WHEN Nick Haynes sees the footy in the air he wants to get his hands on it, and that instinct makes him one of the best attacking defenders in the game.
It's why he was ranked sixth in the competition for intercept marks during the home and away season in 2016, and took more than any other player during last year's finals series.
So when Tom Liberatore launched a high ball towards the Giants' back 50 in last year's preliminary final against the Western Bulldogs, with scores level and less than four minutes on the clock, Haynes saw his chance to pluck it out of the sky and send his team forward.
Unfortunately for the rebounding backman, this time he wasn't able to drag in a grab – a rare occasion given he took 11 for the game – and the ball spilled to ground level where Liberatore got it back and pumped it forward to Jack Macrae, Haynes' direct opponent, who had slipped forward.
History will show that Macrae calmly slotted his set shot and the Dogs held onto win a thriller, and while Haynes told AFL.com.au he's thought about it, he won't be beating himself up over the split-second decision to fly at the crucial contest.
"There's obviously one or two things in a game that you look back on with regret, and I've talked to a few of the boys who feel the same," he said.
"Ultimately you make a decision and you have to live and die by the sword.
"I chose to come off my man because that’s how I play, and if I'd pulled down the mark it would have been great for the team, but I didn't and the ball trickled out and ended up with (Jack) Macrae.
"Leon (Cameron) didn't speak to me about it afterwards, I knew straight away after it happened and I think he saw that.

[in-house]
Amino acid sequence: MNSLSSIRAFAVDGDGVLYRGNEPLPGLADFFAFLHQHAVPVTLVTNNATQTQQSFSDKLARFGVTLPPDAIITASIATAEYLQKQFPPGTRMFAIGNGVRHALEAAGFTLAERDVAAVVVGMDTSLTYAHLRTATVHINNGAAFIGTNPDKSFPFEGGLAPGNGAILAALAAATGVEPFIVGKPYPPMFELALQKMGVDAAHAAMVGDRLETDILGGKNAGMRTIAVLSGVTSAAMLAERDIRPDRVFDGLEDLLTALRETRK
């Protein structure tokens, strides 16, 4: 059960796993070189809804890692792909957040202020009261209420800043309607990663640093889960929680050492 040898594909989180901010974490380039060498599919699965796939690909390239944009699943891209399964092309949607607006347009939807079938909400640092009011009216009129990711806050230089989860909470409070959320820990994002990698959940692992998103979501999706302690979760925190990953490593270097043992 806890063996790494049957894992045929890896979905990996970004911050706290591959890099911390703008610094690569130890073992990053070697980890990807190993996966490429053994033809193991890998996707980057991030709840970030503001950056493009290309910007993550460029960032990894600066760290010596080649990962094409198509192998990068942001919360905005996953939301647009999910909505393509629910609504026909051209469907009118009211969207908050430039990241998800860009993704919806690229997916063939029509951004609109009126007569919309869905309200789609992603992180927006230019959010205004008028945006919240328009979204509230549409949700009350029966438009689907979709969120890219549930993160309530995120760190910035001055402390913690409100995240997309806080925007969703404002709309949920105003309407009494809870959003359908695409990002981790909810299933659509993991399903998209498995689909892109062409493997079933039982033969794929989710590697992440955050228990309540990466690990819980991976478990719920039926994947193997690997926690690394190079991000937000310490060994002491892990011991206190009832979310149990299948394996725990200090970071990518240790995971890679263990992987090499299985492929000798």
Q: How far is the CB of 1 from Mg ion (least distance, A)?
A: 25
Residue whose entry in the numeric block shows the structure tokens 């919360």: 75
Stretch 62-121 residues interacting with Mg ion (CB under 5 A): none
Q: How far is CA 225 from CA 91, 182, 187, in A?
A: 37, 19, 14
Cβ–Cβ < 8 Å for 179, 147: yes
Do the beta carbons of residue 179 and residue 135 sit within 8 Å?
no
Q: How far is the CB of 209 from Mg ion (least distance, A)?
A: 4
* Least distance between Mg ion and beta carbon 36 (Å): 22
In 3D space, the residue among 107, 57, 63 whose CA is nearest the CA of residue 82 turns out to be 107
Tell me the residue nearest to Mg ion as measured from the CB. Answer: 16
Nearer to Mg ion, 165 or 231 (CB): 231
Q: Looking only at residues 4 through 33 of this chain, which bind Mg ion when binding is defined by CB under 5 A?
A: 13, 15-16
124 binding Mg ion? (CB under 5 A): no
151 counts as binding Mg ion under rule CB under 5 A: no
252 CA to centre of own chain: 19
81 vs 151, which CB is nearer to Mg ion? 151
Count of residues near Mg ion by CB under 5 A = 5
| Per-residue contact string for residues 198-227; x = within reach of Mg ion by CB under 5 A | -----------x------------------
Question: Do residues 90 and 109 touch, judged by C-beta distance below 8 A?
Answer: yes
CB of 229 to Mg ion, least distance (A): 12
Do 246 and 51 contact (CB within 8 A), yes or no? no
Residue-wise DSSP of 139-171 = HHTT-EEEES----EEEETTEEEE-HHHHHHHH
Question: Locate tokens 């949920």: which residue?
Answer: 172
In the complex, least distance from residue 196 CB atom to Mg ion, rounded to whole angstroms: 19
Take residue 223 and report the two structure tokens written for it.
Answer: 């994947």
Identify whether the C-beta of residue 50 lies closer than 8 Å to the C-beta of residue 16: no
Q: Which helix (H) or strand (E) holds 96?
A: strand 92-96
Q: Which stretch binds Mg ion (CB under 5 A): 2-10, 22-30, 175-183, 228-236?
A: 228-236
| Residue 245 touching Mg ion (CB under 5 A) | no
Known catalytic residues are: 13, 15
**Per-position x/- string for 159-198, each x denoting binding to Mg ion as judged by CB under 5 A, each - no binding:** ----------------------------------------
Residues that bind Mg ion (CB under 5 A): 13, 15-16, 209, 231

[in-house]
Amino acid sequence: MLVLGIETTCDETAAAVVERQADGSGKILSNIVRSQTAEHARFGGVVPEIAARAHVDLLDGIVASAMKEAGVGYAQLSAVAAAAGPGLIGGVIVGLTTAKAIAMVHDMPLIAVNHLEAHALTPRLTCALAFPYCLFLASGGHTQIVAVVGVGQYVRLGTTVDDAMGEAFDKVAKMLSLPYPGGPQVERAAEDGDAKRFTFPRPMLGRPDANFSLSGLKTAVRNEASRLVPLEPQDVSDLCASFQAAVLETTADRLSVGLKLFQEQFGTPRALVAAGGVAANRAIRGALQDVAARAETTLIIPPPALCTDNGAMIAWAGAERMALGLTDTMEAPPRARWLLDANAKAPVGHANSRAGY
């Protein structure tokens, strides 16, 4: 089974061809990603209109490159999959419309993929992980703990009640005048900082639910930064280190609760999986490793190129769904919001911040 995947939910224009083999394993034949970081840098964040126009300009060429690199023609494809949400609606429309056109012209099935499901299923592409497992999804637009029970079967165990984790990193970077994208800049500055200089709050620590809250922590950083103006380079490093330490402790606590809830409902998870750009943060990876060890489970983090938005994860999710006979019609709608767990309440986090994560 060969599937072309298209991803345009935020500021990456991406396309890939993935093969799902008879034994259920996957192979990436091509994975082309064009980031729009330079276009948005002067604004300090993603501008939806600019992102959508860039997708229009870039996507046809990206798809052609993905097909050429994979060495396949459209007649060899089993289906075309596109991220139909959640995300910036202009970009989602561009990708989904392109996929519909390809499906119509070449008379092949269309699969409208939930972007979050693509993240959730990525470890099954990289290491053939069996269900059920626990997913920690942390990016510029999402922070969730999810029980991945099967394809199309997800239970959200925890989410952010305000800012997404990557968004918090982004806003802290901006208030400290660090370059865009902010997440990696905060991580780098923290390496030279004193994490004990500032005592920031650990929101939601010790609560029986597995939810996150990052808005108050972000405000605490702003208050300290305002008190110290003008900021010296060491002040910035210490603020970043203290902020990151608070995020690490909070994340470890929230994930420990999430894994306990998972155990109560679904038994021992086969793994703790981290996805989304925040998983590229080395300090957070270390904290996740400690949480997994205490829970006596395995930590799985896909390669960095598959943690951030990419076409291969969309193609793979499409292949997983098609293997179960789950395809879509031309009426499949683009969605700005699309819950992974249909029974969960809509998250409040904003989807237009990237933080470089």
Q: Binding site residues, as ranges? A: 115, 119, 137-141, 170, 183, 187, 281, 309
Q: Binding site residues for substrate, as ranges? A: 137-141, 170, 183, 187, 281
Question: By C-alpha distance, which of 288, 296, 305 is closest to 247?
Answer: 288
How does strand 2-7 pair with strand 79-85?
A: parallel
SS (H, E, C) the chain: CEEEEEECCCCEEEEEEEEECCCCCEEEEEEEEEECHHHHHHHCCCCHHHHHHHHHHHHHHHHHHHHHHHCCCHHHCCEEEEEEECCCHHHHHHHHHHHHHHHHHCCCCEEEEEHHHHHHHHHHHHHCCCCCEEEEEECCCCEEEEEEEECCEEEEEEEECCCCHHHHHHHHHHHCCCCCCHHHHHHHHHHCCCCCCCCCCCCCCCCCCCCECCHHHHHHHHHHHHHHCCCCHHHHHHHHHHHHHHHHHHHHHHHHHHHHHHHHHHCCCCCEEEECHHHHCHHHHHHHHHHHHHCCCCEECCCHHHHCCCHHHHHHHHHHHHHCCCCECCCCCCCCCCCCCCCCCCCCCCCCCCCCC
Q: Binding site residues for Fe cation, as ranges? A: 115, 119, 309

"There's a lot of instances in a game that can affect the result, so I don't dwell on that one decision, and you get over it pretty quick.
"All you can do is move on and hopefully more often than not you make the right decision when you come off your man."
The pain felt by the Giants post-match was only compounded a week later when the Bulldogs upset the Swans – the team GWS had beaten comprehensively by 36 points in the qualifying final – to win a fairytale premiership at the MCG.
"It was pretty hard watching the Grand Final," Haynes said.
"It was a bit different because usually you're excited watching on Grand Final day, but it was a real sinking feeling seeing the result.
"A lot of the boys feel the same and that’s what drives us this year and for the years to come."
Haynes had a late start to the 2016 season after off-season groin surgery but played a career high 18 games for the year, and was a standout member of a stable GWS defensive unit that included co-captain Phil Davis, attacking runners Heath Shaw, Nathan Wilson and Zac Williams, and the rejuvenated Adam Tomlinson.
The Giants' number seven pick at the 2011 NAB AFL draft hasn't missed a beat during his first full pre-season in two years, and revealed he's added 2kg to his frame to help him play a variety of roles in the defensive 50.
"I wanted to get stronger in the core and the legs, so I can play on all sorts of players," he said.
"Whether it's a tall or a small, whatever gets thrown at me, the aim this year is to have the strength to play on the big boys, but also the agility and pace to look after the little blokes.
"We've got easily 10-12 players that could play in defence at senior level so it's good healthy competition, and having so many options is only going to make us better.
"Zac (Williams), Nath (Wilson) and Heath (Shaw) are great rebound players, and Phil (Davis), 'Tommo' (Adam Tomlinson), and Aidan (Corr) are really good at locking down one on one, so I've just got to play a similar role to what I did this year."
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